Suck(er)ed into the telephone game

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Did you ever play the telephone game as a kid? You know, where you whisper something to the kid next you, who whispers it to the next kid, and when it gets to the last kid, it's completely bonkers and sounds nothing like what you started with? Hilarity!

It's not just for kids though. There's grown up versions, like Scribblish. One person writes a phrase, the next person draws it, the next one describes what the drawing is, the next one draws from the description.. by the end, it looks nothing like what you started with. It's actually a blast to play. Everyone's actually trying to get it right... but they won't.

It's a lot less fun in real life though.

Like when I was approached about a project from earlier this year. There was a request for some new features, a project manager had questions, and since I worked on it last they came to me. Makes sense. I answered a few of them, but one of them required more intimate knowledge of the database, so I referred the PM to one of our DBAs. They'd already spoken. The DBA didn't know. The DBA had referred the PM to me.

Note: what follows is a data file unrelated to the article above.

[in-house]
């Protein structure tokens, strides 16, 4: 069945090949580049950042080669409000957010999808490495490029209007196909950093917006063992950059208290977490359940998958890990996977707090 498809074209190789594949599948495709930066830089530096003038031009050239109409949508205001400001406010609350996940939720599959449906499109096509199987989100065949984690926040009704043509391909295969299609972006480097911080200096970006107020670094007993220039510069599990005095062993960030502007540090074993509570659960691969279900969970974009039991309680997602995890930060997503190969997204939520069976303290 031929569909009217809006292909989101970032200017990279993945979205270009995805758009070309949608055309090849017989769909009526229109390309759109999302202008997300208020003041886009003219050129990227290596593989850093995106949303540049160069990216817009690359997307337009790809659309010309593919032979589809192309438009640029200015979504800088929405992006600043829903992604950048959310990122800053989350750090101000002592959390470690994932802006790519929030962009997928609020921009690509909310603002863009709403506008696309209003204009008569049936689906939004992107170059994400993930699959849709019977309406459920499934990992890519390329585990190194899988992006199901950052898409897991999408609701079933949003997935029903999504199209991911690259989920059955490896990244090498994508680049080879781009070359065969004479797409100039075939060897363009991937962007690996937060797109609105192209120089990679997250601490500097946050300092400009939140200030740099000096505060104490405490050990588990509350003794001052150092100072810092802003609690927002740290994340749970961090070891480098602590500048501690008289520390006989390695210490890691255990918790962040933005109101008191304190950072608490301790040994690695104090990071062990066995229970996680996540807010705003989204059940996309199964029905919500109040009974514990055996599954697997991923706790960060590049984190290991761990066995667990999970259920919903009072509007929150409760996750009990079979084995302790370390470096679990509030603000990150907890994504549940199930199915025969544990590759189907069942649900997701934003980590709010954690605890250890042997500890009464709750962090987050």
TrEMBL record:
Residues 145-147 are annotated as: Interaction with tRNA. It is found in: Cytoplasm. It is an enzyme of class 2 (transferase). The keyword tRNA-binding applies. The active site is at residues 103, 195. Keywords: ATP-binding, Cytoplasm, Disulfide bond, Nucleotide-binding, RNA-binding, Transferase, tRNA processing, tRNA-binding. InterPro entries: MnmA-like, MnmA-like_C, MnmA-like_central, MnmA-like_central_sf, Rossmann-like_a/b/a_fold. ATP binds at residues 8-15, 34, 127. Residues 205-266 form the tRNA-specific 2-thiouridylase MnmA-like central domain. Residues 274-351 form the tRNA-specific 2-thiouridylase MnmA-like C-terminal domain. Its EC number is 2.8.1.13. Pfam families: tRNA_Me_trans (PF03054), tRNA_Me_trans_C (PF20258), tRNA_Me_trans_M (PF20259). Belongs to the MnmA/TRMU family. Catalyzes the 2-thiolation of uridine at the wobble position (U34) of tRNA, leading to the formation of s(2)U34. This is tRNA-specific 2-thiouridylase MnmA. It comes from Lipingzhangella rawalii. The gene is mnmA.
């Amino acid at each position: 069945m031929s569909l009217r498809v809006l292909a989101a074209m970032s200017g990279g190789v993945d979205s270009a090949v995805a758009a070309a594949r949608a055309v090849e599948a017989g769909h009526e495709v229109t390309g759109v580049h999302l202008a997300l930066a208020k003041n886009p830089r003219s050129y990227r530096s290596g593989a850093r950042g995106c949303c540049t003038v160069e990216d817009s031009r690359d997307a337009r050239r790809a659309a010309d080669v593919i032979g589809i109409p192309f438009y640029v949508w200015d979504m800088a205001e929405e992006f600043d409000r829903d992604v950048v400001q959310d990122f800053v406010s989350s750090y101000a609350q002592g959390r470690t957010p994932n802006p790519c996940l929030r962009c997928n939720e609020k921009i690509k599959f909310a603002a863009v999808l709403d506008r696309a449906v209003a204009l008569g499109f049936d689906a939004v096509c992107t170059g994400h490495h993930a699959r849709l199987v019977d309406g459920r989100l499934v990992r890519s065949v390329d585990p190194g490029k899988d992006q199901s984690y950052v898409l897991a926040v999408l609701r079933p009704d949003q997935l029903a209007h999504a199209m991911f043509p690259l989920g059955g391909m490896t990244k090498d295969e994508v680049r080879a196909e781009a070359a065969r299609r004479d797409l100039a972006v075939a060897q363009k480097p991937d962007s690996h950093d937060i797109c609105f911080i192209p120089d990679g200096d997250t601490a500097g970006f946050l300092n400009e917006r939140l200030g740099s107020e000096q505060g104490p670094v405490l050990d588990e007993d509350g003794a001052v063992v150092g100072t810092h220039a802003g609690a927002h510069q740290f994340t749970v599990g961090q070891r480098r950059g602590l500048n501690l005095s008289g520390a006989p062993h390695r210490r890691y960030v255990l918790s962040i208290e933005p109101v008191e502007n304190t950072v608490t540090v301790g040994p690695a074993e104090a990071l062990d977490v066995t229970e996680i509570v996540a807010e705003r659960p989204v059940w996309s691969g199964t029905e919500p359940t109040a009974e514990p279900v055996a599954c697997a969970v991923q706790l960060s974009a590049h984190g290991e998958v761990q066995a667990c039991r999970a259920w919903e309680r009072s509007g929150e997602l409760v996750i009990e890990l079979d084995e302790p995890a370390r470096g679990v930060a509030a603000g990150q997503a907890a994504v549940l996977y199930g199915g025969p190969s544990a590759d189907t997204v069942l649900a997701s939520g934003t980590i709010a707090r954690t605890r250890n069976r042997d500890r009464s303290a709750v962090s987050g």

At that moment, I had a few choices. Should I suggest the PM speak to the DBA again, running the risk that she might not exactly convey what I'd said and end up coming back to me in a few days with more detail (from the DBA, also not conveyed verbatim) about why this was a developer issue? Now she's playing the telephone game.

Or should I contact the DBA myself, hope my interpretation of the original question is correct and the same as his, and we try to hash it out. Then I go back to the PM and discover I got an answer to the wrong question. Now I'm playing the telephone game.

What I ended up doing was just starting a conversation between the 3 of us in a chat room. I rephrased her question (but she was in the convo so she could correct it), added what I know and where my knowledge ends, and stated what I thought we needed from the DBA (which he could correct too). Now we're all talking, the PM clarified what she needed, and the DBA gave me some good advice on how to modify the call our app was making to the database.

The solution sounds so obvious it's almost unnecessary to spell it out, right? Except somehow I've been caught up in it more than a few times. Is it pride in the feeling that I'm facilitating a solution? Maybe it's just feels easier at first to run interference a few times, but before I know it I'm stuck in the same old pattern?

The moral of the story? If you find yourself running between people, reinterpreting what everyone's saying and playing middleman, just lock everyone in a (chat?) room and make them talk to each other! Don't get stuck playing games...


Grant Winney

I write when I've got something to share - a personal project, a solution to a difficult problem, or just an idea. We learn by doing and sharing. We've all got something to contribute.

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